An ad hoc commission of the Armenian parliament officially began on Wednesday an inquiry into leaked phone calls between two high-ranking law-enforcement officials which have caused a political scandal in the country.
The heads of Armenia’s National Security Service (NSS) and Special Investigative Service (SIS) apparently spoke in July shortly before former President Robert Kocharian was arrested as part of an SIS-led investigation into the 2008 post-election violence in Yerevan. The conversations were wiretapped and posted on the Internet earlier this month.
In particular, the NSS’s Artur Vanetsian told the SIS’s Sasun Khachatrian that he ordered a judge to sanction Kocharian’s controversial arrest. Vanetsian also urged the SIS not to arrest Yuri Khachaturov, the Armenian secretary general of the Russian-led Collective Security Treaty Organization (CSTO), warning of a negative reaction from Russia. He noted that Prime Minister Nikol Pashinian wants investigators to “lock up” Khachaturov.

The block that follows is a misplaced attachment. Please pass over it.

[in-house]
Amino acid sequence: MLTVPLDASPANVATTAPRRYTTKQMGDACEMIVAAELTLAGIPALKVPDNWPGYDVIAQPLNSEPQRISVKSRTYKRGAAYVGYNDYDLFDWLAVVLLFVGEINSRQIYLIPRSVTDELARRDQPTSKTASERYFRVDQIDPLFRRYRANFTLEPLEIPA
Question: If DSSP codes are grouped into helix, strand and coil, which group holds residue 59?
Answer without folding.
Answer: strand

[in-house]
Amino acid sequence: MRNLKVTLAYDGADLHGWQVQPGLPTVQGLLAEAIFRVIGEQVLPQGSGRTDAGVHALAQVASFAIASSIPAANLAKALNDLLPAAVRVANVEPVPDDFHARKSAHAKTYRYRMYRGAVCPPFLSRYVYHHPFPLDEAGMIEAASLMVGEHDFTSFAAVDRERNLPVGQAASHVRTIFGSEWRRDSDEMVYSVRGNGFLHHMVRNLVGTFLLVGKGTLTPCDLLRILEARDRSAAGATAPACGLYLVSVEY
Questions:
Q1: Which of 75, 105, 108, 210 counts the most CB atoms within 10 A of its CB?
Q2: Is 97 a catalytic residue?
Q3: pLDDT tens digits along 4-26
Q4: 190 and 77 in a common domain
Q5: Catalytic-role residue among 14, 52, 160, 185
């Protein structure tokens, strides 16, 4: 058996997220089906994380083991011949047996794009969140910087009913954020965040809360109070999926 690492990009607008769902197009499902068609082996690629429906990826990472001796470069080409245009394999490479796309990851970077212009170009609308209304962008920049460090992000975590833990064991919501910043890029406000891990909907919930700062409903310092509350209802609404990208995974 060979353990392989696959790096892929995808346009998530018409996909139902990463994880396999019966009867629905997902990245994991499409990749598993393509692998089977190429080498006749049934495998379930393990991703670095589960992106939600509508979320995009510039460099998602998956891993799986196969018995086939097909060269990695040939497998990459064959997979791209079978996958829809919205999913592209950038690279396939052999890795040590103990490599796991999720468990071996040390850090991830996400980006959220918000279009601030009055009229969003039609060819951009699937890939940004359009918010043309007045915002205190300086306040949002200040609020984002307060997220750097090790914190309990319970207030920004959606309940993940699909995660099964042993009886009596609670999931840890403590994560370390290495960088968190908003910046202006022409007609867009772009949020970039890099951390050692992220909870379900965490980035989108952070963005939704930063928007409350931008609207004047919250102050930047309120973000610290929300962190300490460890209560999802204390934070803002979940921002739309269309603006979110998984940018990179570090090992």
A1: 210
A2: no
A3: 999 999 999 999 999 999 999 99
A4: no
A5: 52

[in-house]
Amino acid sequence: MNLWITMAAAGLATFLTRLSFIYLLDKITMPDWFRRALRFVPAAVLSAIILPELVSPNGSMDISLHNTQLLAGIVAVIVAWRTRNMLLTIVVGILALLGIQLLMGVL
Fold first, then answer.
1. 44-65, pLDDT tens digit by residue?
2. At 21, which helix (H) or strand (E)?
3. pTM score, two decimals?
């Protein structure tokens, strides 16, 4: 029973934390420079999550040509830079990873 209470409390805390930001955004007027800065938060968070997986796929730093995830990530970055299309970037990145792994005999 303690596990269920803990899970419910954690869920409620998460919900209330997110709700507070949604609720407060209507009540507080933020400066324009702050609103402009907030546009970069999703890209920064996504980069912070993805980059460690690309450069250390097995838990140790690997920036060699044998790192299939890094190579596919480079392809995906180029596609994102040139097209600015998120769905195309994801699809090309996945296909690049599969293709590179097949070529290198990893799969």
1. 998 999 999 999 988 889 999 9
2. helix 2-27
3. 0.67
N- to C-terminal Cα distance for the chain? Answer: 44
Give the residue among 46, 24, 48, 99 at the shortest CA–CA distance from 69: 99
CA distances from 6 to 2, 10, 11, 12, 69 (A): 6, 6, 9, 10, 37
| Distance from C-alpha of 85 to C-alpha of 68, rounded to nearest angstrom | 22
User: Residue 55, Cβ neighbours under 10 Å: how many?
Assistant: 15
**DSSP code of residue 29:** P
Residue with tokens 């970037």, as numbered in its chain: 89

Pashinian condemned the “illegal” wiretapping and denied putting pressure on investigators. The scandal led Armenian prosecutors to order an investigation.
Kocharian, who was released from pre-trial custody in August, has portrayed the audio as further proof that the criminal case against him is politically motivated and directed by Pashinian. Top representatives of the former ruling Republican Party of Armenia (HHK), the country’s largest parliamentary force, have echoed these claims.
At the HHK’s initiative, the parliament decided to set up the special multi-partisan commission on September 12. Lawmakers representing the pro-Pashinian Yelk alliance objected to the decision. Still, Yelk agreed to name two of the eleven members of the commission.
The panel held its first meeting on Wednesday. It was chaired by Gevorg Kostanian, an HHK parliamentarian who served as Armenia’s prosecutor-general from 2013-2016.
Kostanian said after the meeting that members of the commission will submit next week proposals on which documents it must request from relevant state bodies and who should be asked to testify at its further meetings. He also made clear that it will focus on a possible “obstruction of justice” by the NSS and the SIS chiefs.
“We have a special clause in the Criminal Code regarding obstruction of justice,” Kostanian told reporters. “No criminal case has been opened under that clause. Therefore, the commission is entitled to conducting a full investigation within that framework.”
He said the panel will also look at whether the Office of the Prosecutor-General has carried out“proper oversight” over the ongoing criminal investigations into the 2008 violence and the legality of Kocharian’s arrest in particular.